A-a gradient

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Editor-In-Chief: C. Michael Gibson, M.S., M.D. [1]

Overview

The Alveolar-arterial gradient (A-a gradient), is used to compare the causes of hypoxemia.

A-a Gradient Equation

A - a gradient = PAO2 - PaO2 Where:
PAO2 = alveolar PO2 (calculated from the alveolar gas equation)
PaO2 = arterial PO2 (measured in arterial blood)

The Alveolar Gas Equation

PAO2 = PIO2 - PACO2/R

Where:
PIO2 = FIO2 x (760 mmHg - 47mmHg) = inspired O2
       - FIO2 = 21% at sea level atmospheric pressure = 0.21
       - 760 mmHg = atmospheric pressure at sea level
       - 47 mmHg = H2O pressure
PACO2 = arterial PCO2 measured in plasma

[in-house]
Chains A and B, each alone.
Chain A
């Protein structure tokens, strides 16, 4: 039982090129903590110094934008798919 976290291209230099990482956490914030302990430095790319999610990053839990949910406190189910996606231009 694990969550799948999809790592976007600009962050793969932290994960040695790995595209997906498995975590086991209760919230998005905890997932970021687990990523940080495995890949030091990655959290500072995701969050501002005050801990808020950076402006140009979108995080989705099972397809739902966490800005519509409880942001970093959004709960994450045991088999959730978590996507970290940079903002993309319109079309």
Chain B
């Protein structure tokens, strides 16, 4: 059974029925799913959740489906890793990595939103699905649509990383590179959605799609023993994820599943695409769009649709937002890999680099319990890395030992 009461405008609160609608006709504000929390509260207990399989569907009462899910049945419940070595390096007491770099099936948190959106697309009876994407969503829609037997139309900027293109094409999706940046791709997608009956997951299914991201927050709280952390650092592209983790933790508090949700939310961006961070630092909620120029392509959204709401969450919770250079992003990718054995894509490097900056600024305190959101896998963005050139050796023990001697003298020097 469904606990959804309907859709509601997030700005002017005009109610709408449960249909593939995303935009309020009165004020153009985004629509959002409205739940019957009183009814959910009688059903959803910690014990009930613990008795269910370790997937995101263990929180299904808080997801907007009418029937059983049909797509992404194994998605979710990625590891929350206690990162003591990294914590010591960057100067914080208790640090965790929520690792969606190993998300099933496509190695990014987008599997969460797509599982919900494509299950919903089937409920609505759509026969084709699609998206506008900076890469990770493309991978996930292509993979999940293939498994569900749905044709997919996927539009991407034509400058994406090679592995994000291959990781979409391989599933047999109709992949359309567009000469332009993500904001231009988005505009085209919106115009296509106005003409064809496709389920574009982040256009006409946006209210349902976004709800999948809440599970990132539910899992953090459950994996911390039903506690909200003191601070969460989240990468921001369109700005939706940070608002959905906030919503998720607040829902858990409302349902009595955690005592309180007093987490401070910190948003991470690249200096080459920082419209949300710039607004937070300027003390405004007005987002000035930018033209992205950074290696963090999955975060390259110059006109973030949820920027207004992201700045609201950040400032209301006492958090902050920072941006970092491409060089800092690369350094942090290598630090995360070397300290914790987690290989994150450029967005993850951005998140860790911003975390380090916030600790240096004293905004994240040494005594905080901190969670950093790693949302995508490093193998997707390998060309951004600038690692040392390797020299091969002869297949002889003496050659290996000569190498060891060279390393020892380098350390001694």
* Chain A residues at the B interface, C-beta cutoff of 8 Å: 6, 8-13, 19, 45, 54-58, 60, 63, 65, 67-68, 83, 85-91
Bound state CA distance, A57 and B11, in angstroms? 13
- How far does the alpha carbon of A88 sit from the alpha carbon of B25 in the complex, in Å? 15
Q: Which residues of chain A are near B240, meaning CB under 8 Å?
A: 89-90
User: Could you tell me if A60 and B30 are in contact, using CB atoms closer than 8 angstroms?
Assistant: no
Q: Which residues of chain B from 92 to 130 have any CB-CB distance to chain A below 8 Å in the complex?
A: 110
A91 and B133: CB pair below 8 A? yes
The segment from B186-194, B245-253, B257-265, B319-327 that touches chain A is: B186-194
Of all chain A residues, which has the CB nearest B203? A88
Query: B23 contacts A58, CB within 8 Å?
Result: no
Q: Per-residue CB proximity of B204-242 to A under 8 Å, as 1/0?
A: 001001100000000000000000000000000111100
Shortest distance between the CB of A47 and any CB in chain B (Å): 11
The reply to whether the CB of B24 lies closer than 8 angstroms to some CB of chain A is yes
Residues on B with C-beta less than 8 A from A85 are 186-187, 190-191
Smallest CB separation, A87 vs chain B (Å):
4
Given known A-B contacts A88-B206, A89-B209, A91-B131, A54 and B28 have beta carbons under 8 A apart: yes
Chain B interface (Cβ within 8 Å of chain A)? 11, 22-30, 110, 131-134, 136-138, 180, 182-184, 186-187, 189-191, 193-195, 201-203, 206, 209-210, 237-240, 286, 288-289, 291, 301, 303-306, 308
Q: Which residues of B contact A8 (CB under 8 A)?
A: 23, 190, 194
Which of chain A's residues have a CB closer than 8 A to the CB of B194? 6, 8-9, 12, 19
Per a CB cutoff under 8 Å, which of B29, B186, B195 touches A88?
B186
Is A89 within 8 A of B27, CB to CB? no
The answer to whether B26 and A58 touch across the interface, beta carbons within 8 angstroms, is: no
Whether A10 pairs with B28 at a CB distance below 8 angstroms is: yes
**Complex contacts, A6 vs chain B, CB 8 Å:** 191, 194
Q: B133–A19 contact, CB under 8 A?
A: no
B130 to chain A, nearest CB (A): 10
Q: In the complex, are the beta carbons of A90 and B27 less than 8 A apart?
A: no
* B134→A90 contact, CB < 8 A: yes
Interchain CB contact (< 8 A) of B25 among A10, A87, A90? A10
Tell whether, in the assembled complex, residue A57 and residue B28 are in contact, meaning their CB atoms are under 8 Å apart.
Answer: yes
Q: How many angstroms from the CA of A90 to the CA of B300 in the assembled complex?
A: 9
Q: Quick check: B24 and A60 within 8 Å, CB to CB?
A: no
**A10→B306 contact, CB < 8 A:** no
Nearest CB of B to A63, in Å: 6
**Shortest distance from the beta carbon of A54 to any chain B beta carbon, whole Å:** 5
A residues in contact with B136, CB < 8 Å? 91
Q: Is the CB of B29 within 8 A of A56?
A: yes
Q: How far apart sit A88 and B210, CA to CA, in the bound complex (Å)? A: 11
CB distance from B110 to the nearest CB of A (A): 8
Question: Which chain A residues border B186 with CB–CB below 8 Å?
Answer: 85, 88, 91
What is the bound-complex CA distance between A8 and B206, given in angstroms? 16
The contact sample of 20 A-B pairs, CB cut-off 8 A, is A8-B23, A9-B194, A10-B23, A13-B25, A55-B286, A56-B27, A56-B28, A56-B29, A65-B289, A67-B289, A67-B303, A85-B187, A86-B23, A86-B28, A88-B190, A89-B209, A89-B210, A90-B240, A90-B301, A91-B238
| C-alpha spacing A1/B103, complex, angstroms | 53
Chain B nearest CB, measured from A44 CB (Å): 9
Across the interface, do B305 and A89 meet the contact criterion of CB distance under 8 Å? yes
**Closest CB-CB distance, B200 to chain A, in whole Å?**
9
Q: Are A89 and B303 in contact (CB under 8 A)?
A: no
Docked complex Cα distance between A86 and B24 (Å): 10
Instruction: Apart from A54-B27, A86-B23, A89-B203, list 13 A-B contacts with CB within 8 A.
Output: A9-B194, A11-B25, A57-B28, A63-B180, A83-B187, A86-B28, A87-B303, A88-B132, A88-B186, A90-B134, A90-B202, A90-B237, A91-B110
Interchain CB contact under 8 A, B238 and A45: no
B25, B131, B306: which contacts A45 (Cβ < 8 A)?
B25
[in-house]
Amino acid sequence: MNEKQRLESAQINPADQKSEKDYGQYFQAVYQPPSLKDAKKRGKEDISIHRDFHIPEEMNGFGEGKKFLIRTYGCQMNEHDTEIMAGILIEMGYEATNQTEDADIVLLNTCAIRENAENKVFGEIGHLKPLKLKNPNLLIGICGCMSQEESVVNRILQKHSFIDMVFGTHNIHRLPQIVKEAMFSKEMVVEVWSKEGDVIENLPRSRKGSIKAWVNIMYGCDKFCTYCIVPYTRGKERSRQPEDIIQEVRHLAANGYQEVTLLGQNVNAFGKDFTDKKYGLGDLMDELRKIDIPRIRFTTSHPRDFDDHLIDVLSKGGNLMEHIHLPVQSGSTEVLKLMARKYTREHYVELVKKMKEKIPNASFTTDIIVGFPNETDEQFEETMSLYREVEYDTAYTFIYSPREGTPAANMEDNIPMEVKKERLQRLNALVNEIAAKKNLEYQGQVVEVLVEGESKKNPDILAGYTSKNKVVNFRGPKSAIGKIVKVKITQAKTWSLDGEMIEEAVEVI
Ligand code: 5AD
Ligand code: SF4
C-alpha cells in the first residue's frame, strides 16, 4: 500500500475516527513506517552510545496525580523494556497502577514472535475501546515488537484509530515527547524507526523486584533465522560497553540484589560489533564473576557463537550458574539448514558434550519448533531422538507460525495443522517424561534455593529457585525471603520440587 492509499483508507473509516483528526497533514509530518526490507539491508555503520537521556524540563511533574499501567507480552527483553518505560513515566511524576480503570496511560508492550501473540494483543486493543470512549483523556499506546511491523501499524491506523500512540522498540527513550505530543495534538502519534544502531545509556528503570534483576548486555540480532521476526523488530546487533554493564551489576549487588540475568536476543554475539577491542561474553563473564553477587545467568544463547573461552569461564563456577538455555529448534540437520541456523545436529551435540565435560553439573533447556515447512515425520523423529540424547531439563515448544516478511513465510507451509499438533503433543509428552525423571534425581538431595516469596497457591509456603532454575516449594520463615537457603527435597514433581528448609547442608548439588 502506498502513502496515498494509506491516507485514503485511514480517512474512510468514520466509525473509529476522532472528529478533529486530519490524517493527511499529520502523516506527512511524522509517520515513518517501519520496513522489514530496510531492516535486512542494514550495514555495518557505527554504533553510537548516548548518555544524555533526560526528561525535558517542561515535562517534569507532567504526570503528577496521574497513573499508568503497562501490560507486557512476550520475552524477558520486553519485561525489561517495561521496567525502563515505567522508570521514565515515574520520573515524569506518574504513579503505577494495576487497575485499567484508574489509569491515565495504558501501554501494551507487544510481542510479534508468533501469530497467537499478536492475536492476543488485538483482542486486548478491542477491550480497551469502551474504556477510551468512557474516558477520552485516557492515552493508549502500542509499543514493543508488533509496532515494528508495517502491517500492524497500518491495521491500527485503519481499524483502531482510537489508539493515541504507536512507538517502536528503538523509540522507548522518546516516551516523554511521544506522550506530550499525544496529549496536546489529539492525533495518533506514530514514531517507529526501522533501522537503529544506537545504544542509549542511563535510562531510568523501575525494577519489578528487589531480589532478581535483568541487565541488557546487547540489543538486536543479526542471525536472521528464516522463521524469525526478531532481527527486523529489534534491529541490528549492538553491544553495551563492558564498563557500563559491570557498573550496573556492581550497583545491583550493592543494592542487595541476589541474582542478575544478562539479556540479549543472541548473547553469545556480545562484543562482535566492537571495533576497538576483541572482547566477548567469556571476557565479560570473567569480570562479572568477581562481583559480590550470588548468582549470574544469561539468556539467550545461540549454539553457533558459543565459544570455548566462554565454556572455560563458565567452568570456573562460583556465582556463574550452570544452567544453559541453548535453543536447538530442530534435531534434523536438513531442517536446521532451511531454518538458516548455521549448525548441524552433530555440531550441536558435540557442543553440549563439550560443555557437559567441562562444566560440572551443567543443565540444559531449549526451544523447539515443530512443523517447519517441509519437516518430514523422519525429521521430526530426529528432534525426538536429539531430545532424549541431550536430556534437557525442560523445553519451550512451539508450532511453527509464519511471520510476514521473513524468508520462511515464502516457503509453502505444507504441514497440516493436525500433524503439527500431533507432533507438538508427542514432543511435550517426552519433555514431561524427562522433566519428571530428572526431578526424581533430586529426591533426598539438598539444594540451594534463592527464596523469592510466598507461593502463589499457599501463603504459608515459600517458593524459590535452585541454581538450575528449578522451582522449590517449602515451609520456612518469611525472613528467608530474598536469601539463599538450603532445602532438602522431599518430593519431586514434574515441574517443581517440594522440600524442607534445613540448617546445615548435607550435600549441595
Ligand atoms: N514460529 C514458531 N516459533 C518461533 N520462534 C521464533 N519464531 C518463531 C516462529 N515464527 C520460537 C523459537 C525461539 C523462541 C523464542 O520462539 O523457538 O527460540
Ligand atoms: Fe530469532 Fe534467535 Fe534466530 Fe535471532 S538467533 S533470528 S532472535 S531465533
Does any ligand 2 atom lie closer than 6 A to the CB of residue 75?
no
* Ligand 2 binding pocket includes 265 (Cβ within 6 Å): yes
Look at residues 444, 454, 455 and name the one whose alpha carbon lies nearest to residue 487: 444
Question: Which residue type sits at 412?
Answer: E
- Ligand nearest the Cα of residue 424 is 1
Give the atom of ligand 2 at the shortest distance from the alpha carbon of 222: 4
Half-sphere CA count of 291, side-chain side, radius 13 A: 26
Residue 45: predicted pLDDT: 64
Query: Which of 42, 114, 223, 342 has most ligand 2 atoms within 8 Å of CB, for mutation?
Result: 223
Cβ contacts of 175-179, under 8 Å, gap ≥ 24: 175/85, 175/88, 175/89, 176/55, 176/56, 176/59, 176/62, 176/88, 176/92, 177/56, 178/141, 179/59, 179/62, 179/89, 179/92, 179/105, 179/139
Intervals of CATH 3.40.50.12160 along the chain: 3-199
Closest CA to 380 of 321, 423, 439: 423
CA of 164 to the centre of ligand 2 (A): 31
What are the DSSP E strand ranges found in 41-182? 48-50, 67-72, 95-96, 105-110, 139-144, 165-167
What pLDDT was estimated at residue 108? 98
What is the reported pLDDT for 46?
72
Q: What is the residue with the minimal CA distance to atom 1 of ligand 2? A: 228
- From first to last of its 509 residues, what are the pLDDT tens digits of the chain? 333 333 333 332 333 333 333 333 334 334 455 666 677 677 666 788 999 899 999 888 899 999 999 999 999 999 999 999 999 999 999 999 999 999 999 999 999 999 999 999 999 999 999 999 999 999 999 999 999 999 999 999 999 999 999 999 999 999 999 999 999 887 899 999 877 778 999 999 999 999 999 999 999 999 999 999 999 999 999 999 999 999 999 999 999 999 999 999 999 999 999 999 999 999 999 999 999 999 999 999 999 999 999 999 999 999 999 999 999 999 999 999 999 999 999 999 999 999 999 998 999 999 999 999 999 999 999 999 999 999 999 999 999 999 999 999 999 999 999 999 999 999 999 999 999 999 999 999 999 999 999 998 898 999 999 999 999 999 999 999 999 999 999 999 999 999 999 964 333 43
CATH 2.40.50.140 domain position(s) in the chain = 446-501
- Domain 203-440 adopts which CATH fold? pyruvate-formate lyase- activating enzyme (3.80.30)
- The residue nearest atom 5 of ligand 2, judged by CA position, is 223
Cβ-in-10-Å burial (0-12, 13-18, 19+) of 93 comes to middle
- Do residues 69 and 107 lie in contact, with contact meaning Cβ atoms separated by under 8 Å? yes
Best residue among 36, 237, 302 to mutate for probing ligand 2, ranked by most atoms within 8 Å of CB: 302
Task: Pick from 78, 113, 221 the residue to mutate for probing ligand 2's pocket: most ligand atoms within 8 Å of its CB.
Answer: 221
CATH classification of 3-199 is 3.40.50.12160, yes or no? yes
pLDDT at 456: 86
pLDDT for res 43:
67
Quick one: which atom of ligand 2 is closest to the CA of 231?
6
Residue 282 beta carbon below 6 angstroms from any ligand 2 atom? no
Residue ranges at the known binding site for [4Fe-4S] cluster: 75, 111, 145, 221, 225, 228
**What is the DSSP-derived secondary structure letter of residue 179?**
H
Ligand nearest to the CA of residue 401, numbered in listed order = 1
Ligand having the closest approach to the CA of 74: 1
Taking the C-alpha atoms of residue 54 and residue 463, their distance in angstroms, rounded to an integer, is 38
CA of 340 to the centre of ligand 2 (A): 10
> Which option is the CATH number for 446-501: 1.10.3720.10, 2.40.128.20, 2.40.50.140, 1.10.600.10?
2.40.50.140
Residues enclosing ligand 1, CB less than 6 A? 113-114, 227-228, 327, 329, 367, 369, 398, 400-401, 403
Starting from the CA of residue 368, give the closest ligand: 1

R = respiratory exchange ratio or respiratory quotient = 0.8 under normal conditions

Values and Meaning

The normal A-a gradient is < 10 mmHg, but can range from 5-20 mmHg in a normal individual. An increased A-a gradient suggests a diffusion defect, V/Q (ventilation/perfusion) defect, or right-to-left shunt. [1]

References

  1. Costanzo, Linda (2006). Brs Physiology. Hagerstwon: Lippincott Williams & Wilkins. ISBN 0781773113.



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